Roy Moore loses Senate bid as election board certifies Doug Jones as winner


Update 12/28, 3:25 p.m. ET: While it is expected that Doug Jones will be sworn in as a member of the U.S. Senate on Jan. 3, Moore can file for a recount within 48 hours of the election certification, according to The Montgomery Advertiser.

Update 12/28, 2:16 p.m. ET: Senator-elect Doug Jones has released a statement following the certification of the Dec. 12 special election, saying that “our victory marks a new chapter for our state and the nation.”

Jones won the election by 21,924 votes. More than 1.3 million votes were cast, The New York Times reported

Update 12/28 2:08 p.m. ET: Doug Jones has officially been named the winner of the Dec. 12 special election against Roy Moore. The election was certified by Alabama Governor Kay Ivey, Attorney General Steve Marshall and Alabama Secretary of State John Merrill, who said the process is pretty routine, a reporter with The Montgomery Advertiser posted on Twitter

Jones will take the oath of office Jan. 3 once the Senate returns to Washington, CNN reported

Update 12/28, 1:37 p.m. ET: A judge has denied Roy Moore’s request to delay the certification of the Dec. 12 special election results. 

Update 12/28, 11:58 a.m. ET: Roy Moore’s opponent and winner of the race, Senator-elect Doug Jones has filed a motion to dismiss Moore’s lawsuit.

Original story: Roy Moore filed a complaint Wednesday to block the results of Alabama’s special Senate election, alleging potential voter fraud, CNN reported. 

>> Read more trending news

Moore, a Republican, lost the Senate race on Dec. 12 to Democrat Doug Jones by more than 20,000 votes. Moore has refused to concede and urged a delay in certifying the results, CNN reported.

Alabama Secretary of State John Merrill is scheduled to certify the special election results Thursday. But the Moore campaign filed a last-minute complaint, arguing that the certification should be delayed until a “thorough investigation of potential voter fraud” is completed.

Moore and his campaign filed a complaint in the Circuit Court of Montgomery, Alabama, listing several allegations and called for “a new special election,” CNN reported.

His complaint alleges that out-of-state residents had been allowed to vote and that election fraud experts had concluded through statistical analyses that fraud had occurred.

Moore's complaint also alleged “anomalous” higher voter turnout in Jefferson County, in which census data shows 43 percent of the population is black. He called the county's 47 percent voter turnout as “highly unusual” and questioned the integrity of its election results.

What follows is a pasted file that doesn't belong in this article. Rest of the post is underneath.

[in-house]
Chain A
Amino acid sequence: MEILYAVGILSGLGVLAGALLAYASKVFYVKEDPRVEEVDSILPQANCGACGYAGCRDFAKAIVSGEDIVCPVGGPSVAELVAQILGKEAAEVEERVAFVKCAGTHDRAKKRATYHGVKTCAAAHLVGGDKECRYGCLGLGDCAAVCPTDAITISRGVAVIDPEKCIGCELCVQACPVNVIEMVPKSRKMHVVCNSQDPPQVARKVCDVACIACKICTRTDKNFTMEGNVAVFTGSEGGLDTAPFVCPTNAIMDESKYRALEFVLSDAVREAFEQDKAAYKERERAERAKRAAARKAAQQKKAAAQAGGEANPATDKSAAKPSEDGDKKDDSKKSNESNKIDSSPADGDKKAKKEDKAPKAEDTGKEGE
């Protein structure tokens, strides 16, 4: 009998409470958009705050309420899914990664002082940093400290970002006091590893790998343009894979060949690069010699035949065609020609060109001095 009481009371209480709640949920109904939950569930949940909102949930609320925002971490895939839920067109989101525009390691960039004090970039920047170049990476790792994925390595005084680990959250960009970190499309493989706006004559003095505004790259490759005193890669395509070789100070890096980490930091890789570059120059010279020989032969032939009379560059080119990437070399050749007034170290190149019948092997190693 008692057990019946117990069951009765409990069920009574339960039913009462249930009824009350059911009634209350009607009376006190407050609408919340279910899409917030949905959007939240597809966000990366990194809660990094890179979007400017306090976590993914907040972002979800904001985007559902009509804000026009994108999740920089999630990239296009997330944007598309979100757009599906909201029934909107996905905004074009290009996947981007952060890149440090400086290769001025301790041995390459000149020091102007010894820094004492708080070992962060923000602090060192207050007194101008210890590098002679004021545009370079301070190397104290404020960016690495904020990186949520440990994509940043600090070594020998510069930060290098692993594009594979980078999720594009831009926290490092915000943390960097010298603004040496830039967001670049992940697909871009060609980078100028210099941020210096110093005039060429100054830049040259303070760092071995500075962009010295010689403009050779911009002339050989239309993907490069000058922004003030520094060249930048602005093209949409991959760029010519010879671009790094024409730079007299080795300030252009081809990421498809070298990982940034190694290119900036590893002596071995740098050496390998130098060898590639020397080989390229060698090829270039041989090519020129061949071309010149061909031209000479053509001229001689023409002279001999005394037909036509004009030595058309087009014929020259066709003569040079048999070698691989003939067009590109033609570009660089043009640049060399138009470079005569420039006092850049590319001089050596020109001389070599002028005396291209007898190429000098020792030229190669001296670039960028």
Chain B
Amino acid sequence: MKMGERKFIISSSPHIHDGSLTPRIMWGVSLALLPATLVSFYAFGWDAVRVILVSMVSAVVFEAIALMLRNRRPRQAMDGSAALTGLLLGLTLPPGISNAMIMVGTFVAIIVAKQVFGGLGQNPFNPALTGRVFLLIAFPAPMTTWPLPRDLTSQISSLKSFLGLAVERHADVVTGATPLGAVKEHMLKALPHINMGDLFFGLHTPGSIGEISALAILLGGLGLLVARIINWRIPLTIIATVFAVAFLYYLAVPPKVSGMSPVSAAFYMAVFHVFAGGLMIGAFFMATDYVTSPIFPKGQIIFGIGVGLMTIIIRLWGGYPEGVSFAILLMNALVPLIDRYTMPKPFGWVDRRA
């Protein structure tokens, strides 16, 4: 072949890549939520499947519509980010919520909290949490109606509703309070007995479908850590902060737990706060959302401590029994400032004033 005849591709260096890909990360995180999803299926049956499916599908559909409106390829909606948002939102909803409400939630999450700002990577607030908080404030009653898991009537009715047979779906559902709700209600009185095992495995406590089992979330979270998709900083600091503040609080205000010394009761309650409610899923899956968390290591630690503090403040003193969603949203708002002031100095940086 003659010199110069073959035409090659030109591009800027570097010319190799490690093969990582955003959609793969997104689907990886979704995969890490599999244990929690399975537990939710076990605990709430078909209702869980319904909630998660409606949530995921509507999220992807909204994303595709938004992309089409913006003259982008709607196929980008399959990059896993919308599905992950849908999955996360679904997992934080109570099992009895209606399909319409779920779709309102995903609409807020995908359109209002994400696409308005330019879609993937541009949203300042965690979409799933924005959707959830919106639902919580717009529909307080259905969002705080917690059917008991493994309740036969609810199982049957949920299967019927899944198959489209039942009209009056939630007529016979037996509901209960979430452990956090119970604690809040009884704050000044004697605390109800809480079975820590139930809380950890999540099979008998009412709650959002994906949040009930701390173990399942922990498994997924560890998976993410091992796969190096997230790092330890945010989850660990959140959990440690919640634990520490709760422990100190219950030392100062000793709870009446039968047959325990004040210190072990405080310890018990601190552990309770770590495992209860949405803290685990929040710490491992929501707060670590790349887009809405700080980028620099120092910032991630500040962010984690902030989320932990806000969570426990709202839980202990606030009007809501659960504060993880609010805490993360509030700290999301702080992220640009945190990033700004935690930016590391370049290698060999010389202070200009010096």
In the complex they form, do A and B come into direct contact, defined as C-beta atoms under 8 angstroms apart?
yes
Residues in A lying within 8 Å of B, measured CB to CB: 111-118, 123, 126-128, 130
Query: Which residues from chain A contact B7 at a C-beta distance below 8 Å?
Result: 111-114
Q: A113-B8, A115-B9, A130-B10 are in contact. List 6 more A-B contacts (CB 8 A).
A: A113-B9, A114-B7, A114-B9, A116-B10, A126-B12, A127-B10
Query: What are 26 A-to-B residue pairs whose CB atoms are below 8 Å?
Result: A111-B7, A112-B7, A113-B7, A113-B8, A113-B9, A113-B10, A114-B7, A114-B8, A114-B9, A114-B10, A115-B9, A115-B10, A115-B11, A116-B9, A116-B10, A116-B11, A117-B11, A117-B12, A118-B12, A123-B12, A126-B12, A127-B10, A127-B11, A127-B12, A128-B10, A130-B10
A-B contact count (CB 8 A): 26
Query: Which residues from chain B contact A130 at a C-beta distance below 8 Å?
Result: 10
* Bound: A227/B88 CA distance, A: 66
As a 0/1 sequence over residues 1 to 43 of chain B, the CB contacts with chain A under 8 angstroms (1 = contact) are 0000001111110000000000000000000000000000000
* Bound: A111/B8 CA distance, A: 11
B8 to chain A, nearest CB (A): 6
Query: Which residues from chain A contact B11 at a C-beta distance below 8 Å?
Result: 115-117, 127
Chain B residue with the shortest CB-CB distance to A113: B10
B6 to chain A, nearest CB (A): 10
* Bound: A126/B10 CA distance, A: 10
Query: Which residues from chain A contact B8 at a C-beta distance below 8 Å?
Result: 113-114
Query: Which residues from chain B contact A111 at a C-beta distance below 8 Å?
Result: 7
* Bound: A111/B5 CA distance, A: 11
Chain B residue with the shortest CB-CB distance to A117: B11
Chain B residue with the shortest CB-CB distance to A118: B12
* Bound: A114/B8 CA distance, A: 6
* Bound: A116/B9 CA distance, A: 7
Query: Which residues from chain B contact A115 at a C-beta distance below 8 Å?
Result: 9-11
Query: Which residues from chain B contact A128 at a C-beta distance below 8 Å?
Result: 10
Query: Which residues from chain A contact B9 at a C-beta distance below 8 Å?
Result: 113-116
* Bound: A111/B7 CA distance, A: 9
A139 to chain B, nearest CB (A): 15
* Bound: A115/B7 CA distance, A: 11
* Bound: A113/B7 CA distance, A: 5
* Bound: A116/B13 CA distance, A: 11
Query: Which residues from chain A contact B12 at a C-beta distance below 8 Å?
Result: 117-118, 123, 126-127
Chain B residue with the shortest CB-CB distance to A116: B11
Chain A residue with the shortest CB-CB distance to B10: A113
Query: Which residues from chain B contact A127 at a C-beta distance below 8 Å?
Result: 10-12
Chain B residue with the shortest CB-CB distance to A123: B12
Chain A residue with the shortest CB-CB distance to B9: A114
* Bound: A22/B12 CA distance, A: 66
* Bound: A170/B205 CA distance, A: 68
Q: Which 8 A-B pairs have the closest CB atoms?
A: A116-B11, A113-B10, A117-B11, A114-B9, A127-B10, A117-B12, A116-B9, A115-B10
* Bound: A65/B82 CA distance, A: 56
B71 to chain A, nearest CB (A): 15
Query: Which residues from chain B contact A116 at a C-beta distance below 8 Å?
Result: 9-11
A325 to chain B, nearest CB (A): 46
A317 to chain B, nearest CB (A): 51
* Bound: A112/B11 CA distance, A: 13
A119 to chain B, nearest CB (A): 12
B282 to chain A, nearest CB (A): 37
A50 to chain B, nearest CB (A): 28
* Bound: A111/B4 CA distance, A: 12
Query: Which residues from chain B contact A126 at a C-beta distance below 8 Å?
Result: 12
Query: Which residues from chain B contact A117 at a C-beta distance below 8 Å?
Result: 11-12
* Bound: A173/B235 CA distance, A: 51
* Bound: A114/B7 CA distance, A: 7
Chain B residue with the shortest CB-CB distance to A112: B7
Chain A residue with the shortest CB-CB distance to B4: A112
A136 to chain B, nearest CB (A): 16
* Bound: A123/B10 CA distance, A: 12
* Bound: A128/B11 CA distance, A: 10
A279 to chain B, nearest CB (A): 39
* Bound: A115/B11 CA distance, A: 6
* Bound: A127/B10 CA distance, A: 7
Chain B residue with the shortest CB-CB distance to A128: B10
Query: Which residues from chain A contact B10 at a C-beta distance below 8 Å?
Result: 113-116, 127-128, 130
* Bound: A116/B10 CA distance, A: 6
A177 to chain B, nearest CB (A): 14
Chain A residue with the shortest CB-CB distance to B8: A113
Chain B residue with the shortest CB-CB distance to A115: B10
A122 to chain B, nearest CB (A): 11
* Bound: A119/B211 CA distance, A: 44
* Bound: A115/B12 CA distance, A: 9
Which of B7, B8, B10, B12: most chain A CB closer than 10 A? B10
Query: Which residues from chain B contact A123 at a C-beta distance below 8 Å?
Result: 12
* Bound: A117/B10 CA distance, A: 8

Reader Comments ...


Next Up in News

Watch live: Corpse flower ready to bloom
Watch live: Corpse flower ready to bloom

A rose by any other name, in this case Rosie, would smell as sweet. That’s the saying right? Well when it comes to the flower about to open at the Cox Butterfly and Orchid Pavilion of the Tucson Botanical Gardens it won’t be a sweet smell that Rosie’s visitors will notice when it blossoms. It will be a pungent one.  Rosie...
WATCH: This Springfield facility bringing jobs to a historic site got a unique delivery this week
WATCH: This Springfield facility bringing jobs to a historic site got a unique delivery this week

Staff at the City of Springfield posted video this week depicting a 178-foot crane trying to maneuver its way to Topre’s construction site at the Champion City Business Park. Topre America Corp. first announced plans to build a manufacturing site in Springfield in December 2016, when the Japanese auto parts firm announced plans to invest $10...
When is Barbara Bush’s funeral?
When is Barbara Bush’s funeral?

Barbara Bush’s funeral arrangements are set for this weekend in Houston. >> Read more trending news  The public is invited to pay their respects at a public viewing for the former first lady from noon until midnight on Friday at St. Martin’s  Church. The private funeral service for Bush is set for Saturday...
Teacher suspended for making pancakes for students during state tests
Teacher suspended for making pancakes for students during state tests

A Pennsylvania teacher was suspended last week after he cooked breakfast for his students as they took state assessments. LancasterOnline reported that Kyle Byler, an eighth-grade teacher at Hand Middle School, was suspended without pay and warned that he would be fired for “causing a distraction” while his students took the Pennsylvania...
Toddler toys, decorative pillows, and water bottles among the latest product recalls 
Toddler toys, decorative pillows, and water bottles among the latest product recalls 

Children’s xylophones, water bottles sold at Costco, and 21 styles of decorative pillows are among the latest recalls announced by the Consumer Product Safety Commission.  The Petit Collage musical jumbo wooden xylophones made by Wild & Wolf are under recall because the ball on the end of the stick can detach and pose a choking hazard. ...
More Stories